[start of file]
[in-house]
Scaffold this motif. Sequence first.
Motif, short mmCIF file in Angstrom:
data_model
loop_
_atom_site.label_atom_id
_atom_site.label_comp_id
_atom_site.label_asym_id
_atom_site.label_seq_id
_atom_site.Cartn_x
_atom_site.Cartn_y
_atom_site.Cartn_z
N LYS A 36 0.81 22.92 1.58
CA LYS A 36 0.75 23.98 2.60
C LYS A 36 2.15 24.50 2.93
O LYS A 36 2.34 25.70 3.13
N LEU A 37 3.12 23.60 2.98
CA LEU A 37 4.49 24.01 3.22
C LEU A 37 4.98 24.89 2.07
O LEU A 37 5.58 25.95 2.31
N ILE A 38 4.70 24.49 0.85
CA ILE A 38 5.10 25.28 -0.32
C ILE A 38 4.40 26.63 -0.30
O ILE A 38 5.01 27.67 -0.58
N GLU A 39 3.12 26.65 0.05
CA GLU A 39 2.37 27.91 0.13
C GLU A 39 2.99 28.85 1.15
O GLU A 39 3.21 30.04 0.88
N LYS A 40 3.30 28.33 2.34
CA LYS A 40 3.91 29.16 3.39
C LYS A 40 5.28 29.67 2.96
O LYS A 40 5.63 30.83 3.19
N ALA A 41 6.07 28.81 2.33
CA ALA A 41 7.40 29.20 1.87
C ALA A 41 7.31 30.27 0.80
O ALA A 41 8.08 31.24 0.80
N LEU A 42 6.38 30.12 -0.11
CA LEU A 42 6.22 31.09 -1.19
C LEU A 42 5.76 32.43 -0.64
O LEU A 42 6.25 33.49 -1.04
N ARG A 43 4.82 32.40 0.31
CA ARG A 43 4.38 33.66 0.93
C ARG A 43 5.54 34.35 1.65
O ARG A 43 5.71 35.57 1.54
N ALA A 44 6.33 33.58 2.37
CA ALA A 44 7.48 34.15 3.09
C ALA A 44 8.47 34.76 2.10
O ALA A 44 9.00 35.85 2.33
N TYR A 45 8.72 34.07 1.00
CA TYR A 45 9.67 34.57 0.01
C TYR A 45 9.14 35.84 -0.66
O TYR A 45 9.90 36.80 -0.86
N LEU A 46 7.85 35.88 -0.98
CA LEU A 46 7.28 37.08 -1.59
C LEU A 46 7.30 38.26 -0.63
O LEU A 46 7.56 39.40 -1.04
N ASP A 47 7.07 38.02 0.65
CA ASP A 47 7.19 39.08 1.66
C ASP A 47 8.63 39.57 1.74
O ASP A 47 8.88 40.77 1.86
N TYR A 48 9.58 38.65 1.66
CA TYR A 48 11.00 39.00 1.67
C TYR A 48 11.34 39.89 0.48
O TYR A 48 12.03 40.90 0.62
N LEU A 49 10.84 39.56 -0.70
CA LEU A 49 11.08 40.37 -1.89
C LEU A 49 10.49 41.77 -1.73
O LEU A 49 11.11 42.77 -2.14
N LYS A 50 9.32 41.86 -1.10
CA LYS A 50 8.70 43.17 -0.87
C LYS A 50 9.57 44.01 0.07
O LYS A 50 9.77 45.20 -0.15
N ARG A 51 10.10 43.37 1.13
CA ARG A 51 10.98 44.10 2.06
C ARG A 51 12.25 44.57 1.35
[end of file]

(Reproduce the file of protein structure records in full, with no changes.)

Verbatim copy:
[in-house]
Scaffold this motif. Sequence first.
Motif, short mmCIF file in Angstrom:
data_model
loop_
_atom_site.label_atom_id
_atom_site.label_comp_id
_atom_site.label_asym_id
_atom_site.label_seq_id
_atom_site.Cartn_x
_atom_site.Cartn_y
_atom_site.Cartn_z
N LYS A 36 0.81 22.92 1.58
CA LYS A 36 0.75 23.98 2.60
C LYS A 36 2.15 24.50 2.93
O LYS A 36 2.34 25.70 3.13
N LEU A 37 3.12 23.60 2.98
CA LEU A 37 4.49 24.01 3.22
C LEU A 37 4.98 24.89 2.07
O LEU A 37 5.58 25.95 2.31
N ILE A 38 4.70 24.49 0.85
CA ILE A 38 5.10 25.28 -0.32
C ILE A 38 4.40 26.63 -0.30
O ILE A 38 5.01 27.67 -0.58
N GLU A 39 3.12 26.65 0.05
CA GLU A 39 2.37 27.91 0.13
C GLU A 39 2.99 28.85 1.15
O GLU A 39 3.21 30.04 0.88
N LYS A 40 3.30 28.33 2.34
CA LYS A 40 3.91 29.16 3.39
C LYS A 40 5.28 29.67 2.96
O LYS A 40 5.63 30.83 3.19
N ALA A 41 6.07 28.81 2.33
CA ALA A 41 7.40 29.20 1.87
C ALA A 41 7.31 30.27 0.80
O ALA A 41 8.08 31.24 0.80
N LEU A 42 6.38 30.12 -0.11
CA LEU A 42 6.22 31.09 -1.19
C LEU A 42 5.76 32.43 -0.64
O LEU A 42 6.25 33.49 -1.04
N ARG A 43 4.82 32.40 0.31
CA ARG A 43 4.38 33.66 0.93
C ARG A 43 5.54 34.35 1.65
O ARG A 43 5.71 35.57 1.54
N ALA A 44 6.33 33.58 2.37
CA ALA A 44 7.48 34.15 3.09
C ALA A 44 8.47 34.76 2.10
O ALA A 44 9.00 35.85 2.33
N TYR A 45 8.72 34.07 1.00
CA TYR A 45 9.67 34.57 0.01
C TYR A 45 9.14 35.84 -0.66
O TYR A 45 9.90 36.80 -0.86
N LEU A 46 7.85 35.88 -0.98
CA LEU A 46 7.28 37.08 -1.59
C LEU A 46 7.30 38.26 -0.63
O LEU A 46 7.56 39.40 -1.04
N ASP A 47 7.07 38.02 0.65
CA ASP A 47 7.19 39.08 1.66
C ASP A 47 8.63 39.57 1.74
O ASP A 47 8.88 40.77 1.86
N TYR A 48 9.58 38.65 1.66
CA TYR A 48 11.00 39.00 1.67
C TYR A 48 11.34 39.89 0.48
O TYR A 48 12.03 40.90 0.62
N LEU A 49 10.84 39.56 -0.70
CA LEU A 49 11.08 40.37 -1.89
C LEU A 49 10.49 41.77 -1.73
O LEU A 49 11.11 42.77 -2.14
N LYS A 50 9.32 41.86 -1.10
CA LYS A 50 8.70 43.17 -0.87
C LYS A 50 9.57 44.01 0.07
O LYS A 50 9.77 45.20 -0.15
N ARG A 51 10.10 43.37 1.13
CA ARG A 51 10.98 44.10 2.06
C ARG A 51 12.25 44.57 1.35